Before finding the Ahrex NS122 I was using the Gamakatsu SS15. The SS15 is a great hook for surface flies because it is light and razor sharp. While it is great, I still find the Ahrex to be so far ahead of their competition that nothing compares.

A Trailing Note:

One of the things I am often asked about is why I do not use a “stinger” or “trailing hooks” off the back of my flies. My answer is the simple and direct, they are unnecessary for our fishery. From my experience with trailing hooks our “foul” hooked fish numbers increase astronomically. Fish that are almost never handled out of the net go up dramatically due to deeper hook sets and/or offset hooks.

All that foul hooking/extra handling is just unnecessary. Cutthroat just do not require the use of stingers because they CRUSH a fly. You don’t pull the emergency break at every red light right? Why would you when you have antilock breaks right next to the gas peddle. Why would you fiddle around with a trailing hook when it is completely unnecessary.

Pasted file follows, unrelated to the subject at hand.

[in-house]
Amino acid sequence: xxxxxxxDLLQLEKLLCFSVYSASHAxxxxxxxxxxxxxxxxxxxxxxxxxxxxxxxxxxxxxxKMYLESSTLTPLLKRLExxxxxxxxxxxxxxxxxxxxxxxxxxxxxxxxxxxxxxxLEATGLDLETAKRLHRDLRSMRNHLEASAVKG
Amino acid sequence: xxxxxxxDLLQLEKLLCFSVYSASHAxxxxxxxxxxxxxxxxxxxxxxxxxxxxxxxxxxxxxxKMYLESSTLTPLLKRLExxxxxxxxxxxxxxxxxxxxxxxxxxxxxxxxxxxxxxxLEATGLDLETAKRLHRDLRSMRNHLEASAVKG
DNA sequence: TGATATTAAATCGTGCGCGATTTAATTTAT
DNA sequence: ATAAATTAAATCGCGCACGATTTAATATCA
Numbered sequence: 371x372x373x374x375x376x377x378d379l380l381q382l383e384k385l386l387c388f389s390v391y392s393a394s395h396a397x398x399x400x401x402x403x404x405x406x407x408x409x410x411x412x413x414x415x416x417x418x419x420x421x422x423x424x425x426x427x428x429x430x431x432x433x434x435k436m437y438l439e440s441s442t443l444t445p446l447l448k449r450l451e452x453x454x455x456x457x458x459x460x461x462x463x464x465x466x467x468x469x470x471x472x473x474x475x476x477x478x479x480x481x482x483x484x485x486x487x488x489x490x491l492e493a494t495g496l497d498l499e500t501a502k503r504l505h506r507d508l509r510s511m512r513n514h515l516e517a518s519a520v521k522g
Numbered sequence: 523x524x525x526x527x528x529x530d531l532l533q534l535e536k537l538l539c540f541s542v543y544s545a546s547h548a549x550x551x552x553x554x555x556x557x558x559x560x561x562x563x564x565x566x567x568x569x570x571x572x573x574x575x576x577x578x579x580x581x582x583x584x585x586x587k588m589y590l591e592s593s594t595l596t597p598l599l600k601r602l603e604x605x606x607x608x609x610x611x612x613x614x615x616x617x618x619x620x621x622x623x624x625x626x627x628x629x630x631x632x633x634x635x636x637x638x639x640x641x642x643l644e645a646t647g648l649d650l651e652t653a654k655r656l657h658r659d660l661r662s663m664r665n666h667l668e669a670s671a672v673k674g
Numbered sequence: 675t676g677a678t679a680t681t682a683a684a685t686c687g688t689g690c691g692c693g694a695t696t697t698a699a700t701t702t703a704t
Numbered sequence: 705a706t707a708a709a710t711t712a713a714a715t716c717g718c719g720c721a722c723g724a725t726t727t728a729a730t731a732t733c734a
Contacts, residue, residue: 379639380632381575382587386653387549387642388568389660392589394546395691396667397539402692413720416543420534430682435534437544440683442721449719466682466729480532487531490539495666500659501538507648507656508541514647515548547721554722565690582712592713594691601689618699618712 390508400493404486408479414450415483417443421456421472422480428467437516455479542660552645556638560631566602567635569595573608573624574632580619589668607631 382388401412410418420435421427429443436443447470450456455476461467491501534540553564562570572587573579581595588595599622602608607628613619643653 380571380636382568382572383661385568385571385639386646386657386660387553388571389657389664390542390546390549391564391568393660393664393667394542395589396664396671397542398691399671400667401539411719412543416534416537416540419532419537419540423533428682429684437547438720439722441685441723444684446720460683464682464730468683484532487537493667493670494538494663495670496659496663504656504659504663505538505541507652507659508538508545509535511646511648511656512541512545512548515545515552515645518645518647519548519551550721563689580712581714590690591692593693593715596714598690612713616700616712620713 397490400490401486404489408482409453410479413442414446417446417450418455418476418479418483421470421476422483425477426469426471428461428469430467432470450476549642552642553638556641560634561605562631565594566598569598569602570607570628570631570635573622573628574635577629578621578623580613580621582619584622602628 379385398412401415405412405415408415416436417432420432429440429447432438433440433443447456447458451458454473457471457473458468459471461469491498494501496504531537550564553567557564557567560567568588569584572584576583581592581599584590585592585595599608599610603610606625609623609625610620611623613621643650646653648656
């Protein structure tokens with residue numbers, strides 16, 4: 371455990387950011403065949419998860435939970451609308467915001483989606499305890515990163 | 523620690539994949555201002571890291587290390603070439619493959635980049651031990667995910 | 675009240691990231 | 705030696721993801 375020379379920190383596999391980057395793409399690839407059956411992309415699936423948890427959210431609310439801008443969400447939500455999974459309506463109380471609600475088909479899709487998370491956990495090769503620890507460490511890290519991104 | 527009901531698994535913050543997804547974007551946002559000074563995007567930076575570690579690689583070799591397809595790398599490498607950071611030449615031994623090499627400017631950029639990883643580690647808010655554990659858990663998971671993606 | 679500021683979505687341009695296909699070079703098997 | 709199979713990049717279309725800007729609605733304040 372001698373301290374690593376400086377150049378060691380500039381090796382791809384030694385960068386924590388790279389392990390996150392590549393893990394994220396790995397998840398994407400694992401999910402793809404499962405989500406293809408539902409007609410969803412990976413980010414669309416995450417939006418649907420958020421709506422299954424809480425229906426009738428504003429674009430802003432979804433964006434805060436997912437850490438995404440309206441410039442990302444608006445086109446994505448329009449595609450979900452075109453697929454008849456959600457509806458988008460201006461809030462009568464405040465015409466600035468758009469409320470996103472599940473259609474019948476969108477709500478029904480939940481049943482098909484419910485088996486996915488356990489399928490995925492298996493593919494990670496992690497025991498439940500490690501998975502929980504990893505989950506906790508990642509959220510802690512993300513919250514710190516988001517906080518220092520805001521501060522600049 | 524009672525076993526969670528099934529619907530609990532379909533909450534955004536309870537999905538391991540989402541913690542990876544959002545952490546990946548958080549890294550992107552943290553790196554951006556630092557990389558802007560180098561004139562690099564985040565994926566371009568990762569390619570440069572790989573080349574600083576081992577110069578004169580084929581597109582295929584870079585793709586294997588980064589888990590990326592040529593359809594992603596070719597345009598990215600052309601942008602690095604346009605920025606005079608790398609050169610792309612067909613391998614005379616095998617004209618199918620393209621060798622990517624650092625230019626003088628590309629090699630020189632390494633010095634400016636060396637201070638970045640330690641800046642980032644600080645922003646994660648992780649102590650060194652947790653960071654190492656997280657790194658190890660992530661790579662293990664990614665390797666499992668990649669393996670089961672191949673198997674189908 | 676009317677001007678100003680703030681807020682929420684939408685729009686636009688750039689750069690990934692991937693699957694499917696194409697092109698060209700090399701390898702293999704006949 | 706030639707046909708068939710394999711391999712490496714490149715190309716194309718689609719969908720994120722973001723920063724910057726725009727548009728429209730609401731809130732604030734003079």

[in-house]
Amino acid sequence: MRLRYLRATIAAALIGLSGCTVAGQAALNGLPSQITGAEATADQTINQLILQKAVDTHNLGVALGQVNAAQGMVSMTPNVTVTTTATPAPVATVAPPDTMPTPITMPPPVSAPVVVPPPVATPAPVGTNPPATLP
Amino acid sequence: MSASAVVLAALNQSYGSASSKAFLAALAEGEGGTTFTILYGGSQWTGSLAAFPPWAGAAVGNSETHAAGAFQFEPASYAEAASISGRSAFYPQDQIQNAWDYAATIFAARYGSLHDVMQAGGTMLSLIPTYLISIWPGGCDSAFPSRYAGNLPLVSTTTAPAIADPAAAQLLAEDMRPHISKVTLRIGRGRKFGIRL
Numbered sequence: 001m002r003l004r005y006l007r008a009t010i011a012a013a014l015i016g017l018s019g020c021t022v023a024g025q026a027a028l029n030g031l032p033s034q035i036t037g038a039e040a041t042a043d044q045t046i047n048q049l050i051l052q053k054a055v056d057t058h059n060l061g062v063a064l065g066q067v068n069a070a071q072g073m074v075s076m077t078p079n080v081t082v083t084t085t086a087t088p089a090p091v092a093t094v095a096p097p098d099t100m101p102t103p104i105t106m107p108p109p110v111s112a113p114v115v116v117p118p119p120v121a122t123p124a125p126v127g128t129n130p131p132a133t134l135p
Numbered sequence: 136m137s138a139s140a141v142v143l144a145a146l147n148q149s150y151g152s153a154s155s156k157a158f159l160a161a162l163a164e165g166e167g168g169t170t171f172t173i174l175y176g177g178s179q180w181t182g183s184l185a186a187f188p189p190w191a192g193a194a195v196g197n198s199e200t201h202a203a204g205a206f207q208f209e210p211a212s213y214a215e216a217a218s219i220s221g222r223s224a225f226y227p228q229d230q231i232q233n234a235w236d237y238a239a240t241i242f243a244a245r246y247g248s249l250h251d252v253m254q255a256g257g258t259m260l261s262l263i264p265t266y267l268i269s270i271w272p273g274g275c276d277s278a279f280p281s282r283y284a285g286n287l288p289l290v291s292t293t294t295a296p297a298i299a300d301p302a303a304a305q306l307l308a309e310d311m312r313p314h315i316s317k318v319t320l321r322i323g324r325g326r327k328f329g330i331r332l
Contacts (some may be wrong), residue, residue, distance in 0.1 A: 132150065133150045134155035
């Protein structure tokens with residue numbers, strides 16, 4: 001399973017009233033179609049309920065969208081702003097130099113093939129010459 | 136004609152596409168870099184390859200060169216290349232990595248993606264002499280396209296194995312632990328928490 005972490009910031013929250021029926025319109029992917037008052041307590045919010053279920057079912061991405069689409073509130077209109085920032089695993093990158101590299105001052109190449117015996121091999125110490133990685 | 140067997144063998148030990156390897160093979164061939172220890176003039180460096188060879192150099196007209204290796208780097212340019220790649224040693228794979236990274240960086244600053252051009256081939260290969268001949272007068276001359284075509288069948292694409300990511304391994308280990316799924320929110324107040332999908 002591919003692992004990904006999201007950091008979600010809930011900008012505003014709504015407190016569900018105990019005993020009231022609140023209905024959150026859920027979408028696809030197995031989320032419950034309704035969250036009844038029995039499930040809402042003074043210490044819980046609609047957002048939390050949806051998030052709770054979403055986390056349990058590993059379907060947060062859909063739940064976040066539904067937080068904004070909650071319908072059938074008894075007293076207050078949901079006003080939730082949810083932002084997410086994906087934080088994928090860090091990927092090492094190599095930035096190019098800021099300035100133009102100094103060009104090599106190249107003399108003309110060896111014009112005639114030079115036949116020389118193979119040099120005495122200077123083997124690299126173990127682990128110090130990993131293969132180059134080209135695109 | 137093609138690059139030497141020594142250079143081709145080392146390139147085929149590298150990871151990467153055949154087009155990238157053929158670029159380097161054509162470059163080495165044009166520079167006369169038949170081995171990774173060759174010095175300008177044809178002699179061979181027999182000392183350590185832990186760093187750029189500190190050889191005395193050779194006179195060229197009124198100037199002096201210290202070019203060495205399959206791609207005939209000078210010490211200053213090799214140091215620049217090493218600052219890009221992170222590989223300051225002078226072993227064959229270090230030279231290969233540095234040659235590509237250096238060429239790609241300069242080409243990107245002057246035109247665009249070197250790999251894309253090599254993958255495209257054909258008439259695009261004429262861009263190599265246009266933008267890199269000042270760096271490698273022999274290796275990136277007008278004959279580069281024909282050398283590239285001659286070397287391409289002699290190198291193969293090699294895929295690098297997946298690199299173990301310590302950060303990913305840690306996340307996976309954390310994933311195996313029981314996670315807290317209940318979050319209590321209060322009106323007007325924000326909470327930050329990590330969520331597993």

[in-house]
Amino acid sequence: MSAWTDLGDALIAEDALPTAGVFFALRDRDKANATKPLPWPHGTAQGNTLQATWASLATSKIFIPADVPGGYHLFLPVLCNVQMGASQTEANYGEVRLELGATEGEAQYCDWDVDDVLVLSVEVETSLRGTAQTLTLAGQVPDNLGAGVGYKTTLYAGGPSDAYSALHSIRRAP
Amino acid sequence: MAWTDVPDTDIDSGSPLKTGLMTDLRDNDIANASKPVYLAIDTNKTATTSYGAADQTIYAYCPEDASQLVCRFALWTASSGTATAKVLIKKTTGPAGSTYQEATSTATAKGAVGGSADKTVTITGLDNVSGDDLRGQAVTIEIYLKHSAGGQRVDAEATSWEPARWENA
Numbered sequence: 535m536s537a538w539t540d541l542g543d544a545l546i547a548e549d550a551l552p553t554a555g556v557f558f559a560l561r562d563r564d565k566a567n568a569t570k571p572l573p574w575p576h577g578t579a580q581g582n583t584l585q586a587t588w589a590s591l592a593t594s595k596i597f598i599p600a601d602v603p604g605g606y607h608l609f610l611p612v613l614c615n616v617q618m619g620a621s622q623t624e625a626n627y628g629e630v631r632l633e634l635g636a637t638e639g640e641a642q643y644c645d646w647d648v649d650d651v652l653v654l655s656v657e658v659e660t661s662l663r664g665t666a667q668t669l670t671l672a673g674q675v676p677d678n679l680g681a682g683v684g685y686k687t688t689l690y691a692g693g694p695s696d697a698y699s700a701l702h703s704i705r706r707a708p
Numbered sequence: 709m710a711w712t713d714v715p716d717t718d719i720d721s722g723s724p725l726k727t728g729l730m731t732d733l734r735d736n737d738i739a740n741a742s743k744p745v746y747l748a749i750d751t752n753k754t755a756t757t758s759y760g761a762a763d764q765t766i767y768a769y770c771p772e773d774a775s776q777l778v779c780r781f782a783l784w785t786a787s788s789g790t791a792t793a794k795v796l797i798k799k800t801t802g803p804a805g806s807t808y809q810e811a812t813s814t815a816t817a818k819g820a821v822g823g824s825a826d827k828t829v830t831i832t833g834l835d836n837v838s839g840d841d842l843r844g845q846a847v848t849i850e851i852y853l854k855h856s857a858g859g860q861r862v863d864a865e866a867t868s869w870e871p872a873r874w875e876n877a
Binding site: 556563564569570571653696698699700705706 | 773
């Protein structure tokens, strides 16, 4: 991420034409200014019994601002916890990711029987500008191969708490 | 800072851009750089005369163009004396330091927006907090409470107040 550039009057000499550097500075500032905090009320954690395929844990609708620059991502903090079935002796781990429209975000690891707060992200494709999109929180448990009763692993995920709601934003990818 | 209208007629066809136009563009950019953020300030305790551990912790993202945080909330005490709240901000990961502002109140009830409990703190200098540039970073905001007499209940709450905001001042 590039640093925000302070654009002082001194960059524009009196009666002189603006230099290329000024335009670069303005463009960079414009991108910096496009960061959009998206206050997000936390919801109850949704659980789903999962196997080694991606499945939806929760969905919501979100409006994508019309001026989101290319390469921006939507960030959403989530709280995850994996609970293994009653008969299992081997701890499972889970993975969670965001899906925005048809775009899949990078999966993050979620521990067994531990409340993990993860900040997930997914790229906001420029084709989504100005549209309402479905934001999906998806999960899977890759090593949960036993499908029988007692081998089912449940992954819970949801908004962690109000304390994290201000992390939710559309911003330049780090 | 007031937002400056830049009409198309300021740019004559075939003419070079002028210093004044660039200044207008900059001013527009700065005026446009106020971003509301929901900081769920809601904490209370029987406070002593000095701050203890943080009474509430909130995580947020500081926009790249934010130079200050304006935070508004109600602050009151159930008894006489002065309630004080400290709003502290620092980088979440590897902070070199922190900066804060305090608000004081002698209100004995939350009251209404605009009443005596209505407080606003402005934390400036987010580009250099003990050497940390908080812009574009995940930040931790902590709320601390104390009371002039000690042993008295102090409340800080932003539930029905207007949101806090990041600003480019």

Another thing that goes up with trailing hooks is the amount of tangles the average angler experiences which directly results in less time fishing. As with the SC15, you simply won’t see a trailer hook on my boat… Did I mention the SC15?

Gamakatsu SC15 take a hike…

Obviously, there are good qualities of the SC15, or Gamakatsu would not sell any. Personally, I can not figure out what those qualities are. They are too light of a hook to balance most flies, they are too brittle to withstand any abuse, and they are too small to catch the corner of the mouth during an aggressive take.

The Gamakatsu SC15 in a size 6-8 hook is too small for a baitfish fly. That is just plane ol’ fact. Sea Run Cutthroat eat a stripped baitfish too aggressively to fish such a small, light hook. The hook is small and light enough to miss the corner of the mouth and catch gills, throat, or the tongue of the fish. Will this happen every time? No, of coarse not. However, it will happen significantly more with this hook than a Gamakatsu SS15 or a Ahrex NS110.